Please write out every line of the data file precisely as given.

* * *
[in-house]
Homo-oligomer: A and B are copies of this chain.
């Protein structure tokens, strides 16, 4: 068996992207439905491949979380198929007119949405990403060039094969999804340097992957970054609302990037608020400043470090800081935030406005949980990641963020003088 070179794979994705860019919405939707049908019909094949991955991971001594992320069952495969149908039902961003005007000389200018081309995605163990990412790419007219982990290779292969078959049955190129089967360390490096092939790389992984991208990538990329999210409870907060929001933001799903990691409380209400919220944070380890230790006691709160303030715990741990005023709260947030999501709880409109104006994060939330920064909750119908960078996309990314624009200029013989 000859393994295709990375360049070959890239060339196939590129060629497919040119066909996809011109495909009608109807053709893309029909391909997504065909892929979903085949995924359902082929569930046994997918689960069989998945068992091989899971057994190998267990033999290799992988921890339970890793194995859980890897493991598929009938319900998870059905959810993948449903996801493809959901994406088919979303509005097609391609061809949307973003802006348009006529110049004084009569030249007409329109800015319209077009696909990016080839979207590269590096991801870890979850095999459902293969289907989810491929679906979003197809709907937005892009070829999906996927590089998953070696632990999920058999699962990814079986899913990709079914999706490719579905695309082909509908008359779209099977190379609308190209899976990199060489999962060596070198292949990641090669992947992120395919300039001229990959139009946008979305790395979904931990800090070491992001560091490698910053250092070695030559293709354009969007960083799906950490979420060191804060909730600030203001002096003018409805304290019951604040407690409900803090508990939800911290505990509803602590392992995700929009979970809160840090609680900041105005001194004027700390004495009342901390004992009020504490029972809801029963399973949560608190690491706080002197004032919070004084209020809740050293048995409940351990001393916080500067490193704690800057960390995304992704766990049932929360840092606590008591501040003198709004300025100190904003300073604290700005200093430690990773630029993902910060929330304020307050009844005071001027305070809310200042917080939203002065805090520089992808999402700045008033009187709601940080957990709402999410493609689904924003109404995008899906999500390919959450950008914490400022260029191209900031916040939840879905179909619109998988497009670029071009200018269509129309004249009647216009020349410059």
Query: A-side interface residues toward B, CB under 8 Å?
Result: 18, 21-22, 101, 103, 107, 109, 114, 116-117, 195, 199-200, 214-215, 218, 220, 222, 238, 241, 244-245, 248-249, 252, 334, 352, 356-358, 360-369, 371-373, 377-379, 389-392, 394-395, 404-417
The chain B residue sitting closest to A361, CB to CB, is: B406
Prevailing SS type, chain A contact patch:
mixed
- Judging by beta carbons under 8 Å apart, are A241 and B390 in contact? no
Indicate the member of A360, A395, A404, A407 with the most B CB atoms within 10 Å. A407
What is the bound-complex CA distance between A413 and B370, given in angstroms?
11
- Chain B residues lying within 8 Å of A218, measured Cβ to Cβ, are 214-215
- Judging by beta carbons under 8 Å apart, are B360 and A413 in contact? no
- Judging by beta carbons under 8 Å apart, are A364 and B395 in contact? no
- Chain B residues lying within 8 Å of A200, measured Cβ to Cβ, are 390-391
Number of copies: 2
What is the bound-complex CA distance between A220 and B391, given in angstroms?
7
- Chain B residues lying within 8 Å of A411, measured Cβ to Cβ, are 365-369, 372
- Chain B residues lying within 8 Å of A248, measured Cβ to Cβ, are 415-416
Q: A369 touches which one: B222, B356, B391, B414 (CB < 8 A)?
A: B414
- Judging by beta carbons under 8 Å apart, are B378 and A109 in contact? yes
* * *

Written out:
[in-house]
Homo-oligomer: A and B are copies of this chain.
């Protein structure tokens, strides 16, 4: 068996992207439905491949979380198929007119949405990403060039094969999804340097992957970054609302990037608020400043470090800081935030406005949980990641963020003088 070179794979994705860019919405939707049908019909094949991955991971001594992320069952495969149908039902961003005007000389200018081309995605163990990412790419007219982990290779292969078959049955190129089967360390490096092939790389992984991208990538990329999210409870907060929001933001799903990691409380209400919220944070380890230790006691709160303030715990741990005023709260947030999501709880409109104006994060939330920064909750119908960078996309990314624009200029013989 000859393994295709990375360049070959890239060339196939590129060629497919040119066909996809011109495909009608109807053709893309029909391909997504065909892929979903085949995924359902082929569930046994997918689960069989998945068992091989899971057994190998267990033999290799992988921890339970890793194995859980890897493991598929009938319900998870059905959810993948449903996801493809959901994406088919979303509005097609391609061809949307973003802006348009006529110049004084009569030249007409329109800015319209077009696909990016080839979207590269590096991801870890979850095999459902293969289907989810491929679906979003197809709907937005892009070829999906996927590089998953070696632990999920058999699962990814079986899913990709079914999706490719579905695309082909509908008359779209099977190379609308190209899976990199060489999962060596070198292949990641090669992947992120395919300039001229990959139009946008979305790395979904931990800090070491992001560091490698910053250092070695030559293709354009969007960083799906950490979420060191804060909730600030203001002096003018409805304290019951604040407690409900803090508990939800911290505990509803602590392992995700929009979970809160840090609680900041105005001194004027700390004495009342901390004992009020504490029972809801029963399973949560608190690491706080002197004032919070004084209020809740050293048995409940351990001393916080500067490193704690800057960390995304992704766990049932929360840092606590008591501040003198709004300025100190904003300073604290700005200093430690990773630029993902910060929330304020307050009844005071001027305070809310200042917080939203002065805090520089992808999402700045008033009187709601940080957990709402999410493609689904924003109404995008899906999500390919959450950008914490400022260029191209900031916040939840879905179909619109998988497009670029071009200018269509129309004249009647216009020349410059």
Query: A-side interface residues toward B, CB under 8 Å?
Result: 18, 21-22, 101, 103, 107, 109, 114, 116-117, 195, 199-200, 214-215, 218, 220, 222, 238, 241, 244-245, 248-249, 252, 334, 352, 356-358, 360-369, 371-373, 377-379, 389-392, 394-395, 404-417
The chain B residue sitting closest to A361, CB to CB, is: B406
Prevailing SS type, chain A contact patch:
mixed
- Judging by beta carbons under 8 Å apart, are A241 and B390 in contact? no
Indicate the member of A360, A395, A404, A407 with the most B CB atoms within 10 Å. A407
What is the bound-complex CA distance between A413 and B370, given in angstroms?
11
- Chain B residues lying within 8 Å of A218, measured Cβ to Cβ, are 214-215
- Judging by beta carbons under 8 Å apart, are B360 and A413 in contact? no
- Judging by beta carbons under 8 Å apart, are A364 and B395 in contact? no
- Chain B residues lying within 8 Å of A200, measured Cβ to Cβ, are 390-391
Number of copies: 2
What is the bound-complex CA distance between A220 and B391, given in angstroms?
7
- Chain B residues lying within 8 Å of A411, measured Cβ to Cβ, are 365-369, 372
- Chain B residues lying within 8 Å of A248, measured Cβ to Cβ, are 415-416
Q: A369 touches which one: B222, B356, B391, B414 (CB < 8 A)?
A: B414
- Judging by beta carbons under 8 Å apart, are B378 and A109 in contact? yes